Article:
When most people come to Yosemite National Park they head for the Yosemite Valley and marvel at the granite cliffs that loom over the merced Valley and have taken the familiar names of El Capitan and Half Dome. They attempt to fit America’s highest waterfalls pouring off the surrounding cliffs into a single frame of their cameras. This is sufficient for most travelers, however RVing Northern California has so much more to offer.
Fortunately for RVers, whether you are setting up base camp in an RV park or hopscotching from campground to campground, there are more than two dozen Good Sam RV parks sprinkled across the region to plan your adventures in Yosemite. The Map View on Good Sam Camping makes it a snap to plan your trip and call an audible or two once you arrive.
One of the best parts about RVing Northern California is the east High Country. It rises to elevations over 13,000 feet. RV parks along Route 395 in Bishop and Mammoth Lakes and Bridgeport serve up easy access to these lands less traveled. Yosemite is also home to the largest living things on earth – the Giant Sequoias. Abraham Lincoln first protected these arboreal cinnamon-colored giants in 1864 when the Mariposa Grove of Giant Sequoias was established. Five miles down the road, celebrated naturalist, John Muir, discovered the Nelder Grove of more than 100 redwood sentinels in 1875.
The Bay Area is another destination that must be approached from the RV campgrounds on the fringes. The east side of the bay, rich in Good Sam parks between San Jose and San Francisco is a good choice from which to launch your adventures of “The City By The Bay” with its cable cars and postcard views from Telegraph Hill across San Francisco Bay to Alcatraz Island and the Golden Gate Bridge.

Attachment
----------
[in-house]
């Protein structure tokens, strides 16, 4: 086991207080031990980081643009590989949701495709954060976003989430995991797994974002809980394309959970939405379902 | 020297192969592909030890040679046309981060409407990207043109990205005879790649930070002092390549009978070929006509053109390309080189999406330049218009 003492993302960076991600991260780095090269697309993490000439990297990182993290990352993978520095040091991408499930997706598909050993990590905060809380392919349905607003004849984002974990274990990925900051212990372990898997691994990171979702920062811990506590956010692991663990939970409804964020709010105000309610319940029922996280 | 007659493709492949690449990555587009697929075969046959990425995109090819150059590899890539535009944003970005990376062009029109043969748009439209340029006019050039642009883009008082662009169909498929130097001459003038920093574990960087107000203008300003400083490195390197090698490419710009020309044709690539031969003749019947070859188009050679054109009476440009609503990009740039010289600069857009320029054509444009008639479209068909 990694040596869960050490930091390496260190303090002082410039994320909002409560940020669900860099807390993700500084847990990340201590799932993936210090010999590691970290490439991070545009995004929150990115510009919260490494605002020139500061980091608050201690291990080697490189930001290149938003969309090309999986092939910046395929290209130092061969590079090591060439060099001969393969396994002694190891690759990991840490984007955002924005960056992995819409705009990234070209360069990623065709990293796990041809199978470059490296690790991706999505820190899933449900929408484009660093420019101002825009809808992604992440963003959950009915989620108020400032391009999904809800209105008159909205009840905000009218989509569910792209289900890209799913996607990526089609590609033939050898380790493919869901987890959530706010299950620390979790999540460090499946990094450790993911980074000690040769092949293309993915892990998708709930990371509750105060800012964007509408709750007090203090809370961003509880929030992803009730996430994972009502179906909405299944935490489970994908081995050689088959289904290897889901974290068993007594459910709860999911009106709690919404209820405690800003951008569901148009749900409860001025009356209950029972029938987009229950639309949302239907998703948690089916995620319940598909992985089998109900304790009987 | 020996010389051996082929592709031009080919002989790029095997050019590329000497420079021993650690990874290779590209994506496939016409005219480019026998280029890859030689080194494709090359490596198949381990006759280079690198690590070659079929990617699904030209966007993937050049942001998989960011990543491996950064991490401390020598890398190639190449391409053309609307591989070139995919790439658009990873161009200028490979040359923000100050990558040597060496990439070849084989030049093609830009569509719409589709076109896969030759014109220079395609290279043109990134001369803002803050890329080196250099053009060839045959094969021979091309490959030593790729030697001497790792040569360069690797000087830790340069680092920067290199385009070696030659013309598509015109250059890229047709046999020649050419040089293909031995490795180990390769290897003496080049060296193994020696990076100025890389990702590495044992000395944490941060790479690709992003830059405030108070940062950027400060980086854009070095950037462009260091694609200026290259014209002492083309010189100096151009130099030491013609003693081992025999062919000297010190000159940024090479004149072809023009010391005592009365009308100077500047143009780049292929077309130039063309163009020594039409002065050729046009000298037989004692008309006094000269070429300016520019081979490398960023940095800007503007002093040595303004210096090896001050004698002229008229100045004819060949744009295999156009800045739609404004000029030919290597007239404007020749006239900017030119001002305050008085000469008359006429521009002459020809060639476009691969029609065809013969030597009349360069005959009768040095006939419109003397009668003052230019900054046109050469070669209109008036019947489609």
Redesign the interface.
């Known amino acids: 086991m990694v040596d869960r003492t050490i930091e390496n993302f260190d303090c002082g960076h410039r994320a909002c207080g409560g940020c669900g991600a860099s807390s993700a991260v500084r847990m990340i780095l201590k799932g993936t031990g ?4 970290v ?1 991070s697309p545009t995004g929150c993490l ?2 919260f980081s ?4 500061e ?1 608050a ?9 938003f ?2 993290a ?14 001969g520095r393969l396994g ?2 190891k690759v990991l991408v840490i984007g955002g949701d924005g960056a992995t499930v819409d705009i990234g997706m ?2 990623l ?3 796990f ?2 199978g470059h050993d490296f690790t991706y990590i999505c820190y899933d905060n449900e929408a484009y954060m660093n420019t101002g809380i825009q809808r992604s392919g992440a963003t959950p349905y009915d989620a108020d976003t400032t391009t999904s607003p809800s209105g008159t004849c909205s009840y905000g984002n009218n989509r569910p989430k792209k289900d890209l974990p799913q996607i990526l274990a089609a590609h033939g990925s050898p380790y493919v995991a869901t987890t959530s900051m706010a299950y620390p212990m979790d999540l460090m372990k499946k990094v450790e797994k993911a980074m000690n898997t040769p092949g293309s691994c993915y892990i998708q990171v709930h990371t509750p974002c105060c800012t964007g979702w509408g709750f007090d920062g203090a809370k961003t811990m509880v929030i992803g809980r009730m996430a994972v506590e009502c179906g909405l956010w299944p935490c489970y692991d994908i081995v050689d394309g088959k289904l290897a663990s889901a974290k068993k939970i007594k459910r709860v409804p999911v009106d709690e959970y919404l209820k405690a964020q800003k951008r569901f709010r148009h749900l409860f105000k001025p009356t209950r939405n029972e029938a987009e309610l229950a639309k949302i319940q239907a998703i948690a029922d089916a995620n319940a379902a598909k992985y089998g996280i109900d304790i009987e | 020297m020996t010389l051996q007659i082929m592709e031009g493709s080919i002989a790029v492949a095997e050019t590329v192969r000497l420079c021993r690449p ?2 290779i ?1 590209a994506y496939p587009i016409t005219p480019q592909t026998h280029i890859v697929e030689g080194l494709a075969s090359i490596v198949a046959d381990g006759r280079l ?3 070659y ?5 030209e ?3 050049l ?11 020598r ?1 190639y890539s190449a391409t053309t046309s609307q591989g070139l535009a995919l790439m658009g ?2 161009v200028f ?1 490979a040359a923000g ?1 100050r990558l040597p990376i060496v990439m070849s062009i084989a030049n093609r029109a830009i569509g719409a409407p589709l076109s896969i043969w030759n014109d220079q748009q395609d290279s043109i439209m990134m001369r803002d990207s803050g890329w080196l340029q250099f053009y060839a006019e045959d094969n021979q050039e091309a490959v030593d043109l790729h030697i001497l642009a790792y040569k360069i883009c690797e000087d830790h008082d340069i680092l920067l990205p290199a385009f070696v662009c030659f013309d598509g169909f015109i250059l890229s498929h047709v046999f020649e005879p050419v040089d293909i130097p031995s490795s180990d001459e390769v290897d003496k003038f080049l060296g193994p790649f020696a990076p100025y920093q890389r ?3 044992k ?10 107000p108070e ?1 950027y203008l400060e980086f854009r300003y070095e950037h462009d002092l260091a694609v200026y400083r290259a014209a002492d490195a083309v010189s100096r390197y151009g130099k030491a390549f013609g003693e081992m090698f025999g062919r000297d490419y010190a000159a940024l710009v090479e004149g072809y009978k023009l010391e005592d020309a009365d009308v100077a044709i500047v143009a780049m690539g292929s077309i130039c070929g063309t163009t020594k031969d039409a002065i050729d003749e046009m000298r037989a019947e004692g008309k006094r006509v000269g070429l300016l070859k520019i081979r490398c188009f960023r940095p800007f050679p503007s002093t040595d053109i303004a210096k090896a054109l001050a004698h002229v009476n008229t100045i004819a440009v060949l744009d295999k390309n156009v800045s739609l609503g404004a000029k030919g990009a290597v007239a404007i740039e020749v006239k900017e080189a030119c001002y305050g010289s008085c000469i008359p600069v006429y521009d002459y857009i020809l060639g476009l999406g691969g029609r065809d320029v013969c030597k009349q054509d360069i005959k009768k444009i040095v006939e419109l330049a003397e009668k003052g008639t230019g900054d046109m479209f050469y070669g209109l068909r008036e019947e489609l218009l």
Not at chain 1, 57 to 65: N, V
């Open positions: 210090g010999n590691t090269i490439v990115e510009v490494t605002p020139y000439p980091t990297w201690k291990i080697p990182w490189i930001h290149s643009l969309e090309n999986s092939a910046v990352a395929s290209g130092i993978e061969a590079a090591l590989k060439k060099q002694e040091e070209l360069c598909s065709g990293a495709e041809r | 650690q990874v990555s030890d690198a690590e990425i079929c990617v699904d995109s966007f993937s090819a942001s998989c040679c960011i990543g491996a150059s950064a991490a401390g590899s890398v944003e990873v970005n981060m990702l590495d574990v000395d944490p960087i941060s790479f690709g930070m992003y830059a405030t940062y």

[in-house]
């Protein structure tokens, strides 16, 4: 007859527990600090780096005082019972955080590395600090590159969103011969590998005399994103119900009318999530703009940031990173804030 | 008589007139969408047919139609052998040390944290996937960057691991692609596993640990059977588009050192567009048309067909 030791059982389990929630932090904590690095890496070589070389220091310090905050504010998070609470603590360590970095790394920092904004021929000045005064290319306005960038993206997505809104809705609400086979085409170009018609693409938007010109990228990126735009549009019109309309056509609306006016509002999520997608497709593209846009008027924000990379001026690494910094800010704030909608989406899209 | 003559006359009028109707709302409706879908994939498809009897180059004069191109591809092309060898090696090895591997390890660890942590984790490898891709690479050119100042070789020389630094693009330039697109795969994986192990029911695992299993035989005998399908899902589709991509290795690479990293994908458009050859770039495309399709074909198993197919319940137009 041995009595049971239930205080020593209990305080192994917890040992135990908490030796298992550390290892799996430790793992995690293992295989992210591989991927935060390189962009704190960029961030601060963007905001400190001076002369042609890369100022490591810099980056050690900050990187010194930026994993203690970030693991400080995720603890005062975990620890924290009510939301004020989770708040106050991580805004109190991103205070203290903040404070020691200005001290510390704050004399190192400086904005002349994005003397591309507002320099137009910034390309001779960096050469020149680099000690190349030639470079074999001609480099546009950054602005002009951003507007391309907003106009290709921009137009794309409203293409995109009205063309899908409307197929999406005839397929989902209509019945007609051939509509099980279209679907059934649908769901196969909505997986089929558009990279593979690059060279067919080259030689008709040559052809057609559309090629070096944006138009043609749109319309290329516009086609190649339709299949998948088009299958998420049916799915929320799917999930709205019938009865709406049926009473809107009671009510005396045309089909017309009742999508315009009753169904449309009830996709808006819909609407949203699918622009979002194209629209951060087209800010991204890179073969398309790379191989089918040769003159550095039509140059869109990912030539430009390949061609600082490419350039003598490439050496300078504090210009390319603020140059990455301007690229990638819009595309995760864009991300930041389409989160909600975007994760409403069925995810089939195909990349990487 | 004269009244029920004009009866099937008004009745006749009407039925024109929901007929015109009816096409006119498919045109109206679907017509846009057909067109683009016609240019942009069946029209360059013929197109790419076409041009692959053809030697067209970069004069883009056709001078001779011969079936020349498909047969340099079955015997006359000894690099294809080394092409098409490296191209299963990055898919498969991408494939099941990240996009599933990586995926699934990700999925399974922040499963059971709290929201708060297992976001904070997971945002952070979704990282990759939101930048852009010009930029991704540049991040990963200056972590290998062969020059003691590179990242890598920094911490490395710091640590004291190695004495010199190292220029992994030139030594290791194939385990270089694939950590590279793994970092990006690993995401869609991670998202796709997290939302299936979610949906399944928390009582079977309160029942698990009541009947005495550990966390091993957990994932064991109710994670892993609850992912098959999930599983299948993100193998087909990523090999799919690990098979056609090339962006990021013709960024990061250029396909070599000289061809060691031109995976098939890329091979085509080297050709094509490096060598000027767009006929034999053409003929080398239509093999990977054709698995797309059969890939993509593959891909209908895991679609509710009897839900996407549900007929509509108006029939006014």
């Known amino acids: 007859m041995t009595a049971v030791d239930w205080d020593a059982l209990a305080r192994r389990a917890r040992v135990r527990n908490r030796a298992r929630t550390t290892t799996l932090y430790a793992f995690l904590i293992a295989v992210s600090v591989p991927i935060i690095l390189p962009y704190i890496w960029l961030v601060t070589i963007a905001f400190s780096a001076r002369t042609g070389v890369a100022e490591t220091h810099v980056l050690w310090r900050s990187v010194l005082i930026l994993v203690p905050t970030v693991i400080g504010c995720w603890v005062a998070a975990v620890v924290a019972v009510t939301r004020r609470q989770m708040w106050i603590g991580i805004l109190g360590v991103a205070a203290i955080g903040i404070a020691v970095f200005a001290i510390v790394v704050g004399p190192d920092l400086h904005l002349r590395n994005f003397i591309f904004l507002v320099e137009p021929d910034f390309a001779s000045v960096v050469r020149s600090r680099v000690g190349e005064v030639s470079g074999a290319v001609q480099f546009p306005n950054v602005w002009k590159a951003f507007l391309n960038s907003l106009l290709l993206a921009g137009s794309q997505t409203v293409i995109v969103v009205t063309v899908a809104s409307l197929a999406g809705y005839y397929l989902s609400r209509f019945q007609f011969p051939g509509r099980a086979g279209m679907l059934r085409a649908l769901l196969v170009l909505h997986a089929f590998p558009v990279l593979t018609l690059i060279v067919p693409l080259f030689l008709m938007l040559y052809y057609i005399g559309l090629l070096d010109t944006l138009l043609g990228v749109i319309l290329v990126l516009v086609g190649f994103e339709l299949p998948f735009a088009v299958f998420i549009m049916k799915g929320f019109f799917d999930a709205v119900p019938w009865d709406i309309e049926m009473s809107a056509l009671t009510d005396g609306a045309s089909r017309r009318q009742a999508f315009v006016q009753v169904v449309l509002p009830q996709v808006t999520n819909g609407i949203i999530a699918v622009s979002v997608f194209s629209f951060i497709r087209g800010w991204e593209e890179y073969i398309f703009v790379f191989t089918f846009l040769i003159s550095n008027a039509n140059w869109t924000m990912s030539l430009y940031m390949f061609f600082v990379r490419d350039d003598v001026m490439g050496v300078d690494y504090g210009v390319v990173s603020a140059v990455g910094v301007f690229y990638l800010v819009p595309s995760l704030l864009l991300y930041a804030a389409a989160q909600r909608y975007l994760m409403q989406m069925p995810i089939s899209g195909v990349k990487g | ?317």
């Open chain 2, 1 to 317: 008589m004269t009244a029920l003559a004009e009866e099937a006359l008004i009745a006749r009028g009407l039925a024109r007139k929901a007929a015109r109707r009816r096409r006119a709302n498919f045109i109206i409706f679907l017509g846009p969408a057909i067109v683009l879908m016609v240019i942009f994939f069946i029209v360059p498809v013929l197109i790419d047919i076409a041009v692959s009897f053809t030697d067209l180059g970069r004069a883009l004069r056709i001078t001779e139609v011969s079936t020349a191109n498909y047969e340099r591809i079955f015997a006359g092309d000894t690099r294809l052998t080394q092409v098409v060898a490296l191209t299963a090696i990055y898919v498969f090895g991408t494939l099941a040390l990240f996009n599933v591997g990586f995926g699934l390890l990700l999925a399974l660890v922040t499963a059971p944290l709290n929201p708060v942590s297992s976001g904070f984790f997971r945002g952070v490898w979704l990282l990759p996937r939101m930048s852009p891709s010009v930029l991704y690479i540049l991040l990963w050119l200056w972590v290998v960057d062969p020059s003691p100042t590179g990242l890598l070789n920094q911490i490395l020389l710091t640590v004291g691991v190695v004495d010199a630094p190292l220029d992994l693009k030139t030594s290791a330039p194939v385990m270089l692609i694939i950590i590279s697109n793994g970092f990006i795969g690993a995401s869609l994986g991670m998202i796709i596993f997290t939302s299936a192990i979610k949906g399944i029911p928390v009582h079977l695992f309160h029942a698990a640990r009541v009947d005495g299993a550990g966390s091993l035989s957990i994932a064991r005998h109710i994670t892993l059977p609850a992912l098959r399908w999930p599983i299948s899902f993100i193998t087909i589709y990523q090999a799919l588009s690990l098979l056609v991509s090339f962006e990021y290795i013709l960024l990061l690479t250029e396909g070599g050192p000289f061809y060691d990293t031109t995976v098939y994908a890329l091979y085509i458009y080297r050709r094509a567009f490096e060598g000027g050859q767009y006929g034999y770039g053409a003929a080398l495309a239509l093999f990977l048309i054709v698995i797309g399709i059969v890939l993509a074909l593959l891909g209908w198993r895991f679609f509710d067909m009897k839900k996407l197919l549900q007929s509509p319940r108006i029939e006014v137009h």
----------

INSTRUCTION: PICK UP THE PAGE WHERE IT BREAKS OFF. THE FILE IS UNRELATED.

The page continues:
Fisherman’s Wharf, with it shops and restaurants is one of the busiest tourist destinations anywhere, but is worth the visit if only for the Dungeness crab soup. The season for the West Coast’s most commercially important crustacean does not open until November with an eagerly anticipated celebration along Fisherman’s Wharf. Dodging the passenger ferries to Alcatraz Island is still an active fishing fleet bringing fresh seafood from the Bay Area to the dock for the “catch of the day” specials.
The Golden Gate National Recreation Area incorporates units on both sides of the Golden Gate Bridge along 60 miles of bay and ocean shoreline. The park was cobbled together from a menagerie of out-dated government properties that included forts, a prison, and an airfield. The total area of the urban park is more than twice the size of San Francisco and its surrounding county.
Don’t stop RVing Northern California – just when you think you’ve “seen it all,” there is another road leading to another amazing place.